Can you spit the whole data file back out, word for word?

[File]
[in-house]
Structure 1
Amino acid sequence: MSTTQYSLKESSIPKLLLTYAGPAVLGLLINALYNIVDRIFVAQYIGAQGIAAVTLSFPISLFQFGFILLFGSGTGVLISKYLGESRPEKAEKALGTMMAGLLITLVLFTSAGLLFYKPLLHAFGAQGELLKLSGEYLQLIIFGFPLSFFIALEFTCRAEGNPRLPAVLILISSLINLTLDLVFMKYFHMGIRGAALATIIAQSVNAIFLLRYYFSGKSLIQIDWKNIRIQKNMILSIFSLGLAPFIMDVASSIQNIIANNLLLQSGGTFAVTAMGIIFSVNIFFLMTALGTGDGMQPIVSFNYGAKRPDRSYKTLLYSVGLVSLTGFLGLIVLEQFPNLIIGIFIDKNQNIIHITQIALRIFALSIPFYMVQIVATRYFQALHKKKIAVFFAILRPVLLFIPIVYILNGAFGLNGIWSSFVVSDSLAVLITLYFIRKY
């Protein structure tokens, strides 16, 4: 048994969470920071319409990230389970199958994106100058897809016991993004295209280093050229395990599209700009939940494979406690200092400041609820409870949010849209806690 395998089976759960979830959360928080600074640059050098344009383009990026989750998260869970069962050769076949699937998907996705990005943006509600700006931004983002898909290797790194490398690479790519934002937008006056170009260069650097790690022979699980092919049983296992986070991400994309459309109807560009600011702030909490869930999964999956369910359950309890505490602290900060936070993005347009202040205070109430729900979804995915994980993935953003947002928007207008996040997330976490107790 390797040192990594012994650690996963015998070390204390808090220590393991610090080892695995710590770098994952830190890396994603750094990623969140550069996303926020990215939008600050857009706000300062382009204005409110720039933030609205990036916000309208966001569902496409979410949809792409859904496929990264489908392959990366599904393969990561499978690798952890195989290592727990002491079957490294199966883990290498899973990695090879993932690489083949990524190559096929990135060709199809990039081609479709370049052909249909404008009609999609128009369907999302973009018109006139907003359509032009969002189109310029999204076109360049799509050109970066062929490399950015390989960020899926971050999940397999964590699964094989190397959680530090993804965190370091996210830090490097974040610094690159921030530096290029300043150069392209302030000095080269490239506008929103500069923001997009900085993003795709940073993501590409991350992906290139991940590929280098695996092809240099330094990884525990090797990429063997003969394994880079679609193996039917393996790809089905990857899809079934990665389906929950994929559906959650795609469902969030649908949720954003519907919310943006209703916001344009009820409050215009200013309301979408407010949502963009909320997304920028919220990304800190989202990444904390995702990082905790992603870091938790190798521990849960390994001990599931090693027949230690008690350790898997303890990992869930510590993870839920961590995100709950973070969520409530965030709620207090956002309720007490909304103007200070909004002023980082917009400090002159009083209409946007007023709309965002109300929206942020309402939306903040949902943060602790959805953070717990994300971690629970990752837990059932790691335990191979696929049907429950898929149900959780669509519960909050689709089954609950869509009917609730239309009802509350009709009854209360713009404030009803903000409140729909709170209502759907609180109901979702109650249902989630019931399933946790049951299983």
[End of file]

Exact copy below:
[in-house]
Structure 1
Amino acid sequence: MSTTQYSLKESSIPKLLLTYAGPAVLGLLINALYNIVDRIFVAQYIGAQGIAAVTLSFPISLFQFGFILLFGSGTGVLISKYLGESRPEKAEKALGTMMAGLLITLVLFTSAGLLFYKPLLHAFGAQGELLKLSGEYLQLIIFGFPLSFFIALEFTCRAEGNPRLPAVLILISSLINLTLDLVFMKYFHMGIRGAALATIIAQSVNAIFLLRYYFSGKSLIQIDWKNIRIQKNMILSIFSLGLAPFIMDVASSIQNIIANNLLLQSGGTFAVTAMGIIFSVNIFFLMTALGTGDGMQPIVSFNYGAKRPDRSYKTLLYSVGLVSLTGFLGLIVLEQFPNLIIGIFIDKNQNIIHITQIALRIFALSIPFYMVQIVATRYFQALHKKKIAVFFAILRPVLLFIPIVYILNGAFGLNGIWSSFVVSDSLAVLITLYFIRKY
């Protein structure tokens, strides 16, 4: 048994969470920071319409990230389970199958994106100058897809016991993004295209280093050229395990599209700009939940494979406690200092400041609820409870949010849209806690 395998089976759960979830959360928080600074640059050098344009383009990026989750998260869970069962050769076949699937998907996705990005943006509600700006931004983002898909290797790194490398690479790519934002937008006056170009260069650097790690022979699980092919049983296992986070991400994309459309109807560009600011702030909490869930999964999956369910359950309890505490602290900060936070993005347009202040205070109430729900979804995915994980993935953003947002928007207008996040997330976490107790 390797040192990594012994650690996963015998070390204390808090220590393991610090080892695995710590770098994952830190890396994603750094990623969140550069996303926020990215939008600050857009706000300062382009204005409110720039933030609205990036916000309208966001569902496409979410949809792409859904496929990264489908392959990366599904393969990561499978690798952890195989290592727990002491079957490294199966883990290498899973990695090879993932690489083949990524190559096929990135060709199809990039081609479709370049052909249909404008009609999609128009369907999302973009018109006139907003359509032009969002189109310029999204076109360049799509050109970066062929490399950015390989960020899926971050999940397999964590699964094989190397959680530090993804965190370091996210830090490097974040610094690159921030530096290029300043150069392209302030000095080269490239506008929103500069923001997009900085993003795709940073993501590409991350992906290139991940590929280098695996092809240099330094990884525990090797990429063997003969394994880079679609193996039917393996790809089905990857899809079934990665389906929950994929559906959650795609469902969030649908949720954003519907919310943006209703916001344009009820409050215009200013309301979408407010949502963009909320997304920028919220990304800190989202990444904390995702990082905790992603870091938790190798521990849960390994001990599931090693027949230690008690350790898997303890990992869930510590993870839920961590995100709950973070969520409530965030709620207090956002309720007490909304103007200070909004002023980082917009400090002159009083209409946007007023709309965002109300929206942020309402939306903040949902943060602790959805953070717990994300971690629970990752837990059932790691335990191979696929049907429950898929149900959780669509519960909050689709089954609950869509009917609730239309009802509350009709009854209360713009404030009803903000409140729909709170209502759907609180109901979702109650249902989630019931399933946790049951299983």